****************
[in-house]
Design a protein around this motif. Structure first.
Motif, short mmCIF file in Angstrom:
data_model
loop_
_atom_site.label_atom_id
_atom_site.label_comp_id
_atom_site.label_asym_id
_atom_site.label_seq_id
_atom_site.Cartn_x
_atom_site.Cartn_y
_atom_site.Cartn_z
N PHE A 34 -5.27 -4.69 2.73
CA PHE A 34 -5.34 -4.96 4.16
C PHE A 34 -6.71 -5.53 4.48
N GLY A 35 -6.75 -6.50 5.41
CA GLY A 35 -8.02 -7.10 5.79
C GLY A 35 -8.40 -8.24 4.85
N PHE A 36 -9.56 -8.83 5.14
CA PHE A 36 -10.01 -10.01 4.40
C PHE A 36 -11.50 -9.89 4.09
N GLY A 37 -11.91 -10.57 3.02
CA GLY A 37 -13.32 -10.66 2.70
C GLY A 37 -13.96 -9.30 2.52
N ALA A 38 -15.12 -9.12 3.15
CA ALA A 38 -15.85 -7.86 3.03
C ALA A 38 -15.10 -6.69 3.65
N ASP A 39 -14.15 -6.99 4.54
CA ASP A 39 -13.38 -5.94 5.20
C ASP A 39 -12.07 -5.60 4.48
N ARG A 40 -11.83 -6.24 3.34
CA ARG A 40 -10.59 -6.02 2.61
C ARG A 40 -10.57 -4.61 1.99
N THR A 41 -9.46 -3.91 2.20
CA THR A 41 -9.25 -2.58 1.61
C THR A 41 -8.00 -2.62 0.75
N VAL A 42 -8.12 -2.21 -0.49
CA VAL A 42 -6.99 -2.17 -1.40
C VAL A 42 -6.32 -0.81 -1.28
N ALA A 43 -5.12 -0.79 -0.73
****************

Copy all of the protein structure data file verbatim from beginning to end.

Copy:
[in-house]
Design a protein around this motif. Structure first.
Motif, short mmCIF file in Angstrom:
data_model
loop_
_atom_site.label_atom_id
_atom_site.label_comp_id
_atom_site.label_asym_id
_atom_site.label_seq_id
_atom_site.Cartn_x
_atom_site.Cartn_y
_atom_site.Cartn_z
N PHE A 34 -5.27 -4.69 2.73
CA PHE A 34 -5.34 -4.96 4.16
C PHE A 34 -6.71 -5.53 4.48
N GLY A 35 -6.75 -6.50 5.41
CA GLY A 35 -8.02 -7.10 5.79
C GLY A 35 -8.40 -8.24 4.85
N PHE A 36 -9.56 -8.83 5.14
CA PHE A 36 -10.01 -10.01 4.40
C PHE A 36 -11.50 -9.89 4.09
N GLY A 37 -11.91 -10.57 3.02
CA GLY A 37 -13.32 -10.66 2.70
C GLY A 37 -13.96 -9.30 2.52
N ALA A 38 -15.12 -9.12 3.15
CA ALA A 38 -15.85 -7.86 3.03
C ALA A 38 -15.10 -6.69 3.65
N ASP A 39 -14.15 -6.99 4.54
CA ASP A 39 -13.38 -5.94 5.20
C ASP A 39 -12.07 -5.60 4.48
N ARG A 40 -11.83 -6.24 3.34
CA ARG A 40 -10.59 -6.02 2.61
C ARG A 40 -10.57 -4.61 1.99
N THR A 41 -9.46 -3.91 2.20
CA THR A 41 -9.25 -2.58 1.61
C THR A 41 -8.00 -2.62 0.75
N VAL A 42 -8.12 -2.21 -0.49
CA VAL A 42 -6.99 -2.17 -1.40
C VAL A 42 -6.32 -0.81 -1.28
N ALA A 43 -5.12 -0.79 -0.73